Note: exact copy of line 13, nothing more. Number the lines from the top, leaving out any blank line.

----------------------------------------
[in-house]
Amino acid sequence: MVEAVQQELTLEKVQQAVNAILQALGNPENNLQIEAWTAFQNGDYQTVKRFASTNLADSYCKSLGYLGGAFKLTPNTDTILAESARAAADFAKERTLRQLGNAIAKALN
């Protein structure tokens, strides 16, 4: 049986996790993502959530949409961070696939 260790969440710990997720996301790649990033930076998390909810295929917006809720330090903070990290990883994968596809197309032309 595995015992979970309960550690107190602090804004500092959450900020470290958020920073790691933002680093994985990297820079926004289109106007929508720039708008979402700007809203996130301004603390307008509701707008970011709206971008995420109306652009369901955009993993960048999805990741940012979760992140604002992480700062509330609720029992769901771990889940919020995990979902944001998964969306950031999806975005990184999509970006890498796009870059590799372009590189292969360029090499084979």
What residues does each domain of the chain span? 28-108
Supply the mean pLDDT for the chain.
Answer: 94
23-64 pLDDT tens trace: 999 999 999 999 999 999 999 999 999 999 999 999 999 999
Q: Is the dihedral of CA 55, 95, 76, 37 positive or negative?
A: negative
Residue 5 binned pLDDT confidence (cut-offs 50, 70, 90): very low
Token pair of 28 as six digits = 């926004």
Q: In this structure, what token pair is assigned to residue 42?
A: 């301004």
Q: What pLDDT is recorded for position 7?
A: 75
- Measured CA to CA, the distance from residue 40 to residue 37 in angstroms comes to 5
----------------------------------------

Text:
A: 């301004």